Ion diffusion from Sellafield OPC paste formulations

Kadam, Sandeep orcid iconORCID: 0000-0003-0010-8946 (2015) Ion diffusion from Sellafield OPC paste formulations. Doctoral thesis, University of Central Lancashire.

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The disposal of nuclear waste is highly regulated and the disposal option will be dependent on the radionuclide content of the waste. The encapsulation of nuclear waste to prevent migration of radionuclides into the environment and as a safe means of long term storage and disposal can be achieved using ordinary Portland cement (OPC) and various additives such as blast furnace slag (BFS) or pulverised fly ash (PFA). Treated radioactive wastes in this manner are characterised by good thermal, chemical, physical stability and compressive strength. In addition the alkaline chemistry of concrete renders most radionuclides highly insoluble. The ultimate destination of some of these encapsulated wastes is in a Deep Geological Facility (GDF), where for many years the wastes will remain inert to their environment. In the longer-term the environmental conditions will change and the inertness of these waste forms could be affected from the seepage of water into the facility along with microbial activity. The diffusivity or leaching behaviour of cement encapsulated radioactive waste is crucial to ensure the overall safety of a storage/disposal system.
The research presented in this thesis evaluates the diffusivity of strontium, caesium and cobalt when added as inactive forms to BFS:OPC and PFA:OPC formulation as their chlorides and for strontium when added as chloride and carbonate. The cylindrical cement paste samples (CPS) having diameter of 3.2 cm and height 5.3 cm were immersed in re-circulating test solutions consisting of de-ionised water, concentrated Sellafield pore water (CSPW), diluted Sellafield pore water (DSPW) and bacterial inoculated water, John Innes Soil Solution (JISS). Strontium carbonate was selected to determine the influence of a water insoluble compound on diffusivity of the cation. Freshly cured and aged BFS:OPC samples were also studied to evaluate the impact of carbonation on cation diffusivity. Chloride salts were used, as these would be benign to microorganisms, i.e. would not stimulate or support growth unlike nitrate or sulphate anions. The outcome of this study indicate that the make-up water composition affected the segregation of inherent and added cations in the cement paste samples and also both the bleed water volume and physical characteristics of the cement paste samples. Strontium when added as a soluble salt to the make-up water influenced the rate of diffusivity. Depending on the type of formulation (BFS:OPC, PFA:OPC), a direct correlation was observed between diffusivity of Sr2+ and total amount of Ca2+ present in the CPS. The rate of diffusivity and the depth of cation diffusion was significantly higher in 3% SrCl2 PFA:OPC having lower concentration of Ca2+ compared to its BFS counterpart. The concentration of the added salt to the make-up water also affected the diffusivity. The difference in the diffusivity was observed between closed and open diffusivity system. The solubility limits were not a factor in open circuit which was comparable with the pH values; contrary to the closed circuits. The concentration of cations and anions in the test solution influenced strontium and caesium diffusivity. The diffusivity of sulphate was influenced by the nature of the cation added to the make-up water. Strontium had the greatest effect on lowering the diffusion primarily due to the formation of sparingly soluble strontium sulphate. The pH values of the circulating JISS test solutions from all the contaminated cement samples were lower in comparison with control, which was comparable with viable population in the circulating system. There was no significant viable population measured in the JISS from control CPS. The JISS test solution composition retard strontium diffusivity but accelerated caesium diffusion in comparison with distilled water values, this retardation could be due to the inherent sulphate content (≈8600 ppb) of the JISS test solution.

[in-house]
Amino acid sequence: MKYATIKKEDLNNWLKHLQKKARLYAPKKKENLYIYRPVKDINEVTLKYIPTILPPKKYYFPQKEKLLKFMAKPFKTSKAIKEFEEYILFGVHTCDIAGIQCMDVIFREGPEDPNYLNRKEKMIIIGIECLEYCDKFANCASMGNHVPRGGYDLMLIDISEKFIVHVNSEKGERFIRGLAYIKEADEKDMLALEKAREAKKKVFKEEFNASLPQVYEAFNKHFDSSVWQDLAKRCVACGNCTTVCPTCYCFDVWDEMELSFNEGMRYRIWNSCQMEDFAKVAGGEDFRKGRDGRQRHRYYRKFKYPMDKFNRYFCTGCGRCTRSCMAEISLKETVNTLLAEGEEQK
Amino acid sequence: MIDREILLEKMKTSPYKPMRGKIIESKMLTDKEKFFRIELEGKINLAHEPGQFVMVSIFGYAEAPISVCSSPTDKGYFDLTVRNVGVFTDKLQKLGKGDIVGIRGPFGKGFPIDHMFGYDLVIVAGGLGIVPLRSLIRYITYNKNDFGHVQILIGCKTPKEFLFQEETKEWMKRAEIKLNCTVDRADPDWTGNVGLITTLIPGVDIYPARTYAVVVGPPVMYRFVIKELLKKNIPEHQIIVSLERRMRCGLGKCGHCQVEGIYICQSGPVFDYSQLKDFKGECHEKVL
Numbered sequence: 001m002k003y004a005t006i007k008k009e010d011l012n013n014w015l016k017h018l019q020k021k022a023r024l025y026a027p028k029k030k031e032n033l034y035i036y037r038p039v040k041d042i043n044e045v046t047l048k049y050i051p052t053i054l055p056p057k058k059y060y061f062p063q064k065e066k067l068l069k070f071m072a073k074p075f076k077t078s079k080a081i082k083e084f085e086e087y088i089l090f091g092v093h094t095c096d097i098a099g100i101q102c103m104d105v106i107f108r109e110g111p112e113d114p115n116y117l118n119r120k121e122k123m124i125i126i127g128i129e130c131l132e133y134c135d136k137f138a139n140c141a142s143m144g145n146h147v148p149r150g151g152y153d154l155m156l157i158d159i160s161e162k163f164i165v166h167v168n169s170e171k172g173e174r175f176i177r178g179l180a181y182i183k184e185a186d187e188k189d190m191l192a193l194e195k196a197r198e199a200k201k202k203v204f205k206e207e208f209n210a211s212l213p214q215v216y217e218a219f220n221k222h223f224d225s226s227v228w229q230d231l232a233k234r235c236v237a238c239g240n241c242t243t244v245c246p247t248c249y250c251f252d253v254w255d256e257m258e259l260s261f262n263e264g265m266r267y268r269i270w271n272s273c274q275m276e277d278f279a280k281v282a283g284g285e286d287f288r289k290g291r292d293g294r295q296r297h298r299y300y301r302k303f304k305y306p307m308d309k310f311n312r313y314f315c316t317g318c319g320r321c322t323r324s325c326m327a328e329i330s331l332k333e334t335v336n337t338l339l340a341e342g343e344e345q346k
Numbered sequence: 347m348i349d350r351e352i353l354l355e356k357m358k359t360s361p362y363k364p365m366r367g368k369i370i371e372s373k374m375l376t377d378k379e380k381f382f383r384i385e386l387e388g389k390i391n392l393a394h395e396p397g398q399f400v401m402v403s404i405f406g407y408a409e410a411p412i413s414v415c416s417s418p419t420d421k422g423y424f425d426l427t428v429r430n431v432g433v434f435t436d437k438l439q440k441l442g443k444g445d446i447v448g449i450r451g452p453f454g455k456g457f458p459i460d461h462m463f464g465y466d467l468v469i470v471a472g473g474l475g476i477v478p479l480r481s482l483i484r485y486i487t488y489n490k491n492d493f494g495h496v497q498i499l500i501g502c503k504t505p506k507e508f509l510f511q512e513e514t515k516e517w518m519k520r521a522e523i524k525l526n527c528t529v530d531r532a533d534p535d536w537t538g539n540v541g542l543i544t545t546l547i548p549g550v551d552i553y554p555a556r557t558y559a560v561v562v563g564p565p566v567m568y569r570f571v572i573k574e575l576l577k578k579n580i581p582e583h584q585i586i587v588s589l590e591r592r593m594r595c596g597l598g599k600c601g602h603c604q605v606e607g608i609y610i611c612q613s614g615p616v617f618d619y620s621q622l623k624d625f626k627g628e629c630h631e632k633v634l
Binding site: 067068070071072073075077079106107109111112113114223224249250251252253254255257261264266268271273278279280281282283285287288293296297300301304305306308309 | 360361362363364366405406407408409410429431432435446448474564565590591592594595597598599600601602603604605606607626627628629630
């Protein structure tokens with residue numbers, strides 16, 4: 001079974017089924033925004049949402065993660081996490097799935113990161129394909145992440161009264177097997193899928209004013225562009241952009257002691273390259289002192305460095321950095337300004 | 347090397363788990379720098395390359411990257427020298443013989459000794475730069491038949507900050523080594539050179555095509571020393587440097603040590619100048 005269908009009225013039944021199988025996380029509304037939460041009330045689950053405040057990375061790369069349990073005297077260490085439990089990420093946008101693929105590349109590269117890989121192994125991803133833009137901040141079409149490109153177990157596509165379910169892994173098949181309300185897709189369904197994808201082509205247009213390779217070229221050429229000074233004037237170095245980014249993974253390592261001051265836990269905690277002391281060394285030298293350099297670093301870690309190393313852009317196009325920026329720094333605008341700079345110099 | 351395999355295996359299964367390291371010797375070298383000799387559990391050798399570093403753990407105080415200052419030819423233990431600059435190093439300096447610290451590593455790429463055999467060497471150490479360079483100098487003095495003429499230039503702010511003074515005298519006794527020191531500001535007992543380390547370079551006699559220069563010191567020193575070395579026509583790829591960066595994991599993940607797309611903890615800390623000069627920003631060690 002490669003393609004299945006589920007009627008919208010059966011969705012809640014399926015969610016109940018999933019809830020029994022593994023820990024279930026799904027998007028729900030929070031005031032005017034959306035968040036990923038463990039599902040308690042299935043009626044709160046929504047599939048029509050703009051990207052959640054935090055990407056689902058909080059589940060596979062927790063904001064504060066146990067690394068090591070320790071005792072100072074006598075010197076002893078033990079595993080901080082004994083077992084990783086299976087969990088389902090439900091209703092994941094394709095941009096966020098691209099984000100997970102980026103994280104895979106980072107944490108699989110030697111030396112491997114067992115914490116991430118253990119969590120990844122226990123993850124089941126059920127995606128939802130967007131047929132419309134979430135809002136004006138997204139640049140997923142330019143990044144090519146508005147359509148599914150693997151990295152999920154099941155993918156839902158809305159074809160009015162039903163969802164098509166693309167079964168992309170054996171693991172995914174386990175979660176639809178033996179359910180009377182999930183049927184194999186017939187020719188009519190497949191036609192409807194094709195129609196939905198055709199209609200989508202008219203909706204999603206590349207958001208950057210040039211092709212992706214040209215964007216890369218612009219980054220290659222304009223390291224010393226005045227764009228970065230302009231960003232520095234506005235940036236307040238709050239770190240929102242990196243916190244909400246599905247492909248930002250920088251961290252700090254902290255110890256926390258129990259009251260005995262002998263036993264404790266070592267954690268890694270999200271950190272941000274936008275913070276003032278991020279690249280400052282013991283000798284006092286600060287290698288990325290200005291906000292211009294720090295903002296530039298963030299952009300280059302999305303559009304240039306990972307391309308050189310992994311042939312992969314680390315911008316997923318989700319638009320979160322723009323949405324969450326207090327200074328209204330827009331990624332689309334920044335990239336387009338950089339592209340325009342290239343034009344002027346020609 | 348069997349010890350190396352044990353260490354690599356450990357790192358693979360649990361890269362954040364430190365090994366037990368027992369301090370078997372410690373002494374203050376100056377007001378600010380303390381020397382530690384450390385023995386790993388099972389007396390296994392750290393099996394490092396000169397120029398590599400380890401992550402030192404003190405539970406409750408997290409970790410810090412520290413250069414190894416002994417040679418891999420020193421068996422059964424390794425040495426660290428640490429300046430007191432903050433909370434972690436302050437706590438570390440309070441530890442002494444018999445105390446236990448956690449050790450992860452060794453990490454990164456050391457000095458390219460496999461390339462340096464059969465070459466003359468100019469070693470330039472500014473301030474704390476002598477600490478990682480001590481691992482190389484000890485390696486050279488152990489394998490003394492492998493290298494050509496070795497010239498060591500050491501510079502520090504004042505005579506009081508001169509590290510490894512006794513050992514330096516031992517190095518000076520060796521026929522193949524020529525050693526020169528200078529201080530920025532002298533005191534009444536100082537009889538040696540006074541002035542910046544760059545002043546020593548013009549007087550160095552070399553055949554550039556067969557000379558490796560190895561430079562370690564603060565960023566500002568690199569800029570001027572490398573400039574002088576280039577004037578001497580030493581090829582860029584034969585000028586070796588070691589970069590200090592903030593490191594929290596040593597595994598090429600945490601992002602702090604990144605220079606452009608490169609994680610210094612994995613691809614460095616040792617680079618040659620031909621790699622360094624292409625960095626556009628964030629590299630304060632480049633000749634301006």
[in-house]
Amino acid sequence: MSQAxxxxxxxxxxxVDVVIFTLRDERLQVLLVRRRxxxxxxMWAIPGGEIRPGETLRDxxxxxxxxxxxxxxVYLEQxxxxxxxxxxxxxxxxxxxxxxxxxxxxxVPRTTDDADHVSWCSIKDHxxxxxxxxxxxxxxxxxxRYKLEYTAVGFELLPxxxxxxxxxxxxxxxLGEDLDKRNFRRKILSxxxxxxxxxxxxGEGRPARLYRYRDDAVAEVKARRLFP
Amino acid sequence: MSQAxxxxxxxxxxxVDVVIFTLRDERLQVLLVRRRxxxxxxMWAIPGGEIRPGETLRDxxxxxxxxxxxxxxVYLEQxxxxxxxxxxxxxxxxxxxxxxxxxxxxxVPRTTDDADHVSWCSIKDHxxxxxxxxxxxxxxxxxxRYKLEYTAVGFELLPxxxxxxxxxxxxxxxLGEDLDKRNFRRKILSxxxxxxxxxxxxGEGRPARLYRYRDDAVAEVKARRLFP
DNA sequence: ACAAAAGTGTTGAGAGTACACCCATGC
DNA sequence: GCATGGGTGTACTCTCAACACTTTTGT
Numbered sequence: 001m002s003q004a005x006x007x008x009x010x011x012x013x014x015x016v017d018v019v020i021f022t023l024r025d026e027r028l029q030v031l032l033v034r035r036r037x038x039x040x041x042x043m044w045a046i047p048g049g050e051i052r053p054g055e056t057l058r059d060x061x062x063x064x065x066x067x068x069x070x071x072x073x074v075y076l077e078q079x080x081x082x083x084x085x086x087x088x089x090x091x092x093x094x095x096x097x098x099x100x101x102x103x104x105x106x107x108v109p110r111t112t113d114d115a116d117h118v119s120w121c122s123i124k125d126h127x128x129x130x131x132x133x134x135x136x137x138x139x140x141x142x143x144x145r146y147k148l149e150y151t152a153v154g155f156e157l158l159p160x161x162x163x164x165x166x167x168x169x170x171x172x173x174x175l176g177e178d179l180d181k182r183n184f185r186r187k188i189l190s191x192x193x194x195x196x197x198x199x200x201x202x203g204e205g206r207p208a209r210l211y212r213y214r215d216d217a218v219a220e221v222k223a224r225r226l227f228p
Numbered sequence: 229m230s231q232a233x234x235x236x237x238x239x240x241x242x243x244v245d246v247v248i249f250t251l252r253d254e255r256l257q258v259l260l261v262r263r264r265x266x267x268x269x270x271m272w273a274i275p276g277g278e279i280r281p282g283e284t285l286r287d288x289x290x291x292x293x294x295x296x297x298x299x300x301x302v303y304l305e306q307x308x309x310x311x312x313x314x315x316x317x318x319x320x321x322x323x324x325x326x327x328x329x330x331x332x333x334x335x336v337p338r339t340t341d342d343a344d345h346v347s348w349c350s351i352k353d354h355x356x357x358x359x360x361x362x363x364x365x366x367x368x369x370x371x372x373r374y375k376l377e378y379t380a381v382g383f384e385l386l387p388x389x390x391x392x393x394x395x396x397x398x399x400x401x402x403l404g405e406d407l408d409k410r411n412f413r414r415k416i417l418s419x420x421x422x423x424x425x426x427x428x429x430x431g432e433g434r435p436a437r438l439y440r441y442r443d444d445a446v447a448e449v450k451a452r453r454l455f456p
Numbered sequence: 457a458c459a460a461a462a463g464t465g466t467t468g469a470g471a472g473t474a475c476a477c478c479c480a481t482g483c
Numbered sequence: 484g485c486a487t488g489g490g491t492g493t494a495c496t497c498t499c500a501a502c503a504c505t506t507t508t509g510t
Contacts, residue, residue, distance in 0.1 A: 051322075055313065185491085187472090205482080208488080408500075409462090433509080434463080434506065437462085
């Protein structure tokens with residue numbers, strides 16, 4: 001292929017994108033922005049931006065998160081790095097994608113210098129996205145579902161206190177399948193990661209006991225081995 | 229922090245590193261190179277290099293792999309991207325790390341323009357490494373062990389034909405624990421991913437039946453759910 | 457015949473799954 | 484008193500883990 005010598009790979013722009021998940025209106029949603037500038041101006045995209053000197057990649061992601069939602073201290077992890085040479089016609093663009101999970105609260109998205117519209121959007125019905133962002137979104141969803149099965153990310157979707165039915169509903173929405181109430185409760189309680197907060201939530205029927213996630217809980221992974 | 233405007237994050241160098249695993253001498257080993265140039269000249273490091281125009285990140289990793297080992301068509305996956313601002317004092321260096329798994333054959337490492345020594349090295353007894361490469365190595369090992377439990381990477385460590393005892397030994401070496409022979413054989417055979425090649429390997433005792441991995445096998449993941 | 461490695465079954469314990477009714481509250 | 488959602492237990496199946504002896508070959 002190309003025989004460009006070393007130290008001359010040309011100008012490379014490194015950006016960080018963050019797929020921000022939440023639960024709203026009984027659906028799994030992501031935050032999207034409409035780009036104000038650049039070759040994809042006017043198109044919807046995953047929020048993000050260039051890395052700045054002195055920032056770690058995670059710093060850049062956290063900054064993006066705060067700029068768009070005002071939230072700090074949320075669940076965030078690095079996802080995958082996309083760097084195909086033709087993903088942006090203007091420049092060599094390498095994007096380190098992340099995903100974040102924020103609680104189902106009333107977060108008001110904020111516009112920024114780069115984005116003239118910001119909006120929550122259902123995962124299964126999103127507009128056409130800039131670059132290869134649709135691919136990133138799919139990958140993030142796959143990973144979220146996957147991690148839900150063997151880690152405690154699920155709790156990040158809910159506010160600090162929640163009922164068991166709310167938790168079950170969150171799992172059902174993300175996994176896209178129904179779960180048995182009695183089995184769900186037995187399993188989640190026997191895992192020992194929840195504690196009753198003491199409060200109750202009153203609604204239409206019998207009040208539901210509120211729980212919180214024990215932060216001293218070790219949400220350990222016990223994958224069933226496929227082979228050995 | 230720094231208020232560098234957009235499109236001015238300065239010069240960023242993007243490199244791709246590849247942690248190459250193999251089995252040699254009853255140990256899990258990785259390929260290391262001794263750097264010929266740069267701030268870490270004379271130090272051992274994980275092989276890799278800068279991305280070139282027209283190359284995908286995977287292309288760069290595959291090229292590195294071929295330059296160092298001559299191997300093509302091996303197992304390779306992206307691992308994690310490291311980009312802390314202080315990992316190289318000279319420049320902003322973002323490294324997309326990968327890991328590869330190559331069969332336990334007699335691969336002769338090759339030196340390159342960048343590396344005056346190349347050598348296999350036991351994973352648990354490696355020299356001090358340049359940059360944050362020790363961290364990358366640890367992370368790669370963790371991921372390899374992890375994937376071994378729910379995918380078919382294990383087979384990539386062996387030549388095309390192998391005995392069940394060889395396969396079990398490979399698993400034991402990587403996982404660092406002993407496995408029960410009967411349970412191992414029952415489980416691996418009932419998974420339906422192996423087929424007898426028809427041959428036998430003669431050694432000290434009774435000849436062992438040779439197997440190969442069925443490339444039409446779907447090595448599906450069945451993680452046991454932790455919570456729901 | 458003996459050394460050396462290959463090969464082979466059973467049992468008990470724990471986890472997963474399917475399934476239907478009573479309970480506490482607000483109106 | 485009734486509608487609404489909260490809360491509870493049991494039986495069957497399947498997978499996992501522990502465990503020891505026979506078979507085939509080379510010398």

This work provides fundamental understanding of the physic-chemical factors influencing the diffusivity of cations from BFS:OPC and PFA:OPC formulations. The scheme i.e. closed circuit recirculation adopted in this research would be more fitting of the real situation i.e. stagnation followed by percolation and therefore diffusivity of ions will be greatly influenced by the test solution chemistry and composition.

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